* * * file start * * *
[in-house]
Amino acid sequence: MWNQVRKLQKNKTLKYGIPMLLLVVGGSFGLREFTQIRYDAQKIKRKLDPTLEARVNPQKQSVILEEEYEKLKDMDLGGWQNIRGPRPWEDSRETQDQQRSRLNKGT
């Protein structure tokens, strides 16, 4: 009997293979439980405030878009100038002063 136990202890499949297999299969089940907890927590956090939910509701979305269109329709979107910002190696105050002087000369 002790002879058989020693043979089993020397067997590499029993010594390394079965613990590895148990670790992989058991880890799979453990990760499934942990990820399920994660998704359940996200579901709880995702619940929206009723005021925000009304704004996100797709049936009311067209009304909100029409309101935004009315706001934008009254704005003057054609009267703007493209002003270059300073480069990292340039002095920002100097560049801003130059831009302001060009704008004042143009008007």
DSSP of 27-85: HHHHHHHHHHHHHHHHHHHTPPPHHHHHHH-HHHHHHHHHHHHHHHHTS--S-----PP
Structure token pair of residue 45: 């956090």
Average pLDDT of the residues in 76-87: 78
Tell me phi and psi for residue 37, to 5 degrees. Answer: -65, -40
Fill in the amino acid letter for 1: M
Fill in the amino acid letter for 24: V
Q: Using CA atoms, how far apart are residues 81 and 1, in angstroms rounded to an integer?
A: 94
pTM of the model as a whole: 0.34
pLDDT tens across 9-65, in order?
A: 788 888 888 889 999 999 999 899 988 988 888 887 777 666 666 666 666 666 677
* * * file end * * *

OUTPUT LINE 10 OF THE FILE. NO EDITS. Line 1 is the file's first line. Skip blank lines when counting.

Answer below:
Q: Using CA atoms, how far apart are residues 81 and 1, in angstroms rounded to an integer?